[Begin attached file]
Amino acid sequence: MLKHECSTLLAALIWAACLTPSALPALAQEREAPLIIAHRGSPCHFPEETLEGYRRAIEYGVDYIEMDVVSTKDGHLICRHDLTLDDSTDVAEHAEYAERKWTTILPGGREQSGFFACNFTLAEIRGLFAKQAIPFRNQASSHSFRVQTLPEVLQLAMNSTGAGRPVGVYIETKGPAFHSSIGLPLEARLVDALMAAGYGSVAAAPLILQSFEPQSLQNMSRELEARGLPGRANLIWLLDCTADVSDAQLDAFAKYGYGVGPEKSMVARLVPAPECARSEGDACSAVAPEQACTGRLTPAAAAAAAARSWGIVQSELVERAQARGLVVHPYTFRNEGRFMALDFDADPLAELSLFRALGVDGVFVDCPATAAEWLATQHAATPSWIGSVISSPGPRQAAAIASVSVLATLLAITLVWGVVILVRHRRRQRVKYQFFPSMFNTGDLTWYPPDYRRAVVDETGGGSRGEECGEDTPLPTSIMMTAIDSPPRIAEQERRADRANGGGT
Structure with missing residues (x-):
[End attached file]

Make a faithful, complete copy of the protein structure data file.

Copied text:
Amino acid sequence: MLKHECSTLLAALIWAACLTPSALPALAQEREAPLIIAHRGSPCHFPEETLEGYRRAIEYGVDYIEMDVVSTKDGHLICRHDLTLDDSTDVAEHAEYAERKWTTILPGGREQSGFFACNFTLAEIRGLFAKQAIPFRNQASSHSFRVQTLPEVLQLAMNSTGAGRPVGVYIETKGPAFHSSIGLPLEARLVDALMAAGYGSVAAAPLILQSFEPQSLQNMSRELEARGLPGRANLIWLLDCTADVSDAQLDAFAKYGYGVGPEKSMVARLVPAPECARSEGDACSAVAPEQACTGRLTPAAAAAAAARSWGIVQSELVERAQARGLVVHPYTFRNEGRFMALDFDADPLAELSLFRALGVDGVFVDCPATAAEWLATQHAATPSWIGSVISSPGPRQAAAIASVSVLATLLAITLVWGVVILVRHRRRQRVKYQFFPSMFNTGDLTWYPPDYRRAVVDETGGGSRGEECGEDTPLPTSIMMTAIDSPPRIAEQERRADRANGGGT
Structure with missing residues (x-):